Rebuilding a Ford 351 Cleveland
Part 4: Ford 351C Cylinder Heads
|Let's take a look at my cylinder heads. - Matt Hannes|
Original Heads. As discussed earlier, my cylinder heads are the large open chamber style (Ford casting D3ZE-AA). Although there's nothing physically wrong with them (other than a lot of carbon build-up on the valves), I am replacing them with a set of earlier "quench" chamber heads. This is for two reasons. First, the quench heads promote better combustion with less detonation, although I will have to switch to flat-top pistons to keep the compression ratio reasonable.
Secondly, the D3ZE heads have fixed non-adjustable rocker pedestals. Since I plan to convert to a roller camshaft, most aftermarket conversion kits require the use of adjustable rocker pedestals. So I would have to have these heads machined to accept screw-in adjustable rocker studs. So I decided to see if I could track down a set of the quench heads.
|"New" quench heads. I acquired a set of original Ford quench heads (casting D1AE-GA). These have the smaller wedge-shaped combustion chambers as seen here. They're 64 to 67cc which computes to a healthy 10.6 to 10.7 compression ratio with flat-top pistons. They also have the adjustable rocker arm studs which I will need for my camshaft conversion.|
|Quench chambers. The wedge chambers used on early Cleveland heads had excellent combustion properties but unfortunately were not emissions-friendly. The shape of these chambers cools the flame front and increases mixing, meaning less chance of detonation and more low-end torque.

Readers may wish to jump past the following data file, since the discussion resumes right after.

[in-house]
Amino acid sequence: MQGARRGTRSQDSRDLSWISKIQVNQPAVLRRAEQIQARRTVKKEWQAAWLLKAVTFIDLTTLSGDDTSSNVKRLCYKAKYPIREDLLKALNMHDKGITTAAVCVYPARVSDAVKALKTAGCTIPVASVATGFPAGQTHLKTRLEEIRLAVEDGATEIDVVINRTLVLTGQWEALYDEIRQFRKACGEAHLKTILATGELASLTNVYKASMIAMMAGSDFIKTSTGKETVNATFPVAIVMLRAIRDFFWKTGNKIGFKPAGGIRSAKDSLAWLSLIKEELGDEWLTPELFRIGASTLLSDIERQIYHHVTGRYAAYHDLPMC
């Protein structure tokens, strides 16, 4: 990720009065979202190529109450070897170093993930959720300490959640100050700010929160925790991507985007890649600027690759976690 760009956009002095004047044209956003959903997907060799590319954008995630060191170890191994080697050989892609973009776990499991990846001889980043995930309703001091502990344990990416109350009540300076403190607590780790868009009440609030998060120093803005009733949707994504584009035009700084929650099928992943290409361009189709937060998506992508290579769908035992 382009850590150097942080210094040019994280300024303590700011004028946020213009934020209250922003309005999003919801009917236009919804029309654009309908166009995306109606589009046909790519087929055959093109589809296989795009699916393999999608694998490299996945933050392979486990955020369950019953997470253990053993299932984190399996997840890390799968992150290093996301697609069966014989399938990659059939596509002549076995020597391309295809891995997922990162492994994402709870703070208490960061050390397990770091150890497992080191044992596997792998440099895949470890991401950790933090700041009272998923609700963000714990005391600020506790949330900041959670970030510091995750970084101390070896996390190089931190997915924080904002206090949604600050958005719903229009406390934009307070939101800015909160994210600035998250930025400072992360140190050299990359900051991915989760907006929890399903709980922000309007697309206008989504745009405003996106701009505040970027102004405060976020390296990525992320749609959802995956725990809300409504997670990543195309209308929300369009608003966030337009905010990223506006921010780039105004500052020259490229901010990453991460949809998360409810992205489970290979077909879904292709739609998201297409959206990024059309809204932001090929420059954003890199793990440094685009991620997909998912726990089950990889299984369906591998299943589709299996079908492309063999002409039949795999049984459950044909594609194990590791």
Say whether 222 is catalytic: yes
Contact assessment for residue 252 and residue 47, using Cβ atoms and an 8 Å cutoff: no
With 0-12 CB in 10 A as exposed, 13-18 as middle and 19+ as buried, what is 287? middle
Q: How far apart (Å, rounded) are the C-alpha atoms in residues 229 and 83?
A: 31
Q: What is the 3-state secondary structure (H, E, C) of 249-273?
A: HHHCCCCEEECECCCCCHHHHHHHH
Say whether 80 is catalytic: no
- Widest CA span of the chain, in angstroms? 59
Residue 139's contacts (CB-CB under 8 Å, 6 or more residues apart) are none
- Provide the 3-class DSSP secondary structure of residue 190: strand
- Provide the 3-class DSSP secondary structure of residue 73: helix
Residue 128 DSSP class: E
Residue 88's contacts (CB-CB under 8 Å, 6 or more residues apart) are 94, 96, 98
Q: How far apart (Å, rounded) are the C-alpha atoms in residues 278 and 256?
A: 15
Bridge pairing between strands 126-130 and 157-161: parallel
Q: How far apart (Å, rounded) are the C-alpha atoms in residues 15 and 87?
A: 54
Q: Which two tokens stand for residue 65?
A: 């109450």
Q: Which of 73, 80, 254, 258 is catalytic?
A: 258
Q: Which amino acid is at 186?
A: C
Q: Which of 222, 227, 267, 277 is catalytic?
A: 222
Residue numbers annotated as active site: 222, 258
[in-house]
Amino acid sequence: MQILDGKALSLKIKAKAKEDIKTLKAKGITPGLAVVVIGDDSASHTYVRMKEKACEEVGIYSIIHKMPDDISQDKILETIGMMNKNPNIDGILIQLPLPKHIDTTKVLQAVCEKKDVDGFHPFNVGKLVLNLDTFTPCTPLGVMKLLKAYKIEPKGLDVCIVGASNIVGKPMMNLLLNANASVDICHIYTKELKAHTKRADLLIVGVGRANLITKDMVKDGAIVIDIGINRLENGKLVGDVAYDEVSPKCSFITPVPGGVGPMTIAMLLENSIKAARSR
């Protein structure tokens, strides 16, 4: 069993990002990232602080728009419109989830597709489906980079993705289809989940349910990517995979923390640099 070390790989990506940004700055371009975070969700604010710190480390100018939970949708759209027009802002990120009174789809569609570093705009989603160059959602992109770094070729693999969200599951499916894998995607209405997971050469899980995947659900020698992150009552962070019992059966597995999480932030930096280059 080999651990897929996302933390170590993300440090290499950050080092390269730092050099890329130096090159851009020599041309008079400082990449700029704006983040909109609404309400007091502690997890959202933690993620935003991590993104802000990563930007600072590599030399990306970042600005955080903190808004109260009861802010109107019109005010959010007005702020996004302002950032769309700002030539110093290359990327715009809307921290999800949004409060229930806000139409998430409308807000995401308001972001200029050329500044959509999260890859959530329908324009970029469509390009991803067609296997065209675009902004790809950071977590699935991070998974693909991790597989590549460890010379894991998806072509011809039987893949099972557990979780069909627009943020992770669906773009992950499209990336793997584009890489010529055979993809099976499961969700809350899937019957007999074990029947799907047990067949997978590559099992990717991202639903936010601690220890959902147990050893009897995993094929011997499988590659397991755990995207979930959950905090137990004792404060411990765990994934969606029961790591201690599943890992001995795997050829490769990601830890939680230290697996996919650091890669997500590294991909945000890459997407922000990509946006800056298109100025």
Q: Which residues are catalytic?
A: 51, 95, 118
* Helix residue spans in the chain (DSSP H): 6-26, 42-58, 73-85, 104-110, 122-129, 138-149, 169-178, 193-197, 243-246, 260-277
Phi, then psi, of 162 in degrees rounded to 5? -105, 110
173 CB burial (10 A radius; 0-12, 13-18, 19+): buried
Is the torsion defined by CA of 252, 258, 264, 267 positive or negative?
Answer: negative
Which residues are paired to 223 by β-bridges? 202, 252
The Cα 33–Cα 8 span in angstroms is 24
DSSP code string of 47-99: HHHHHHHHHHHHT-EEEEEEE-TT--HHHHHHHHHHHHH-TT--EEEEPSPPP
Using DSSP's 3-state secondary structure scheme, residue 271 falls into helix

In the glory days of leaded gas and no emissions tests, Ford offered these heads paired with pop-up pistons for an 11.1 compression ratio right from the factory.
|Top view of the quench heads. Here we see the 7/16" diameter screw-in adjustable rocker studs and push rod guide plates. These are all Ford parts designed for use on high-revving Clevelands with mechanical camshafts. I'll need the adjustable studs and guide plates for my roller cam conversion.|
|Intake ports. Cleveland heads (and Boss 302 heads as well) are famous for their giant intake ports. Here we have a good look at a pair of them. The intake ports are 2.50"x1.75".|
|Exhaust ports. They are quite large at the mating face (2.00"x1.75") but are actually shallower further inside the casting.|
|Rocker studs and guide plates. My 1973 heads weren't equipped with these, and I'll need them for conversion to a roller cam, so finding a set of quench heads with these features in place will save some machining dollars.
Note: I later discovered that the Ford guide plates seen here would bind up my new CompCams valvetrain. I ended up having to replace the Ford guide plates with CompCams guide plates to get everything to align properly.
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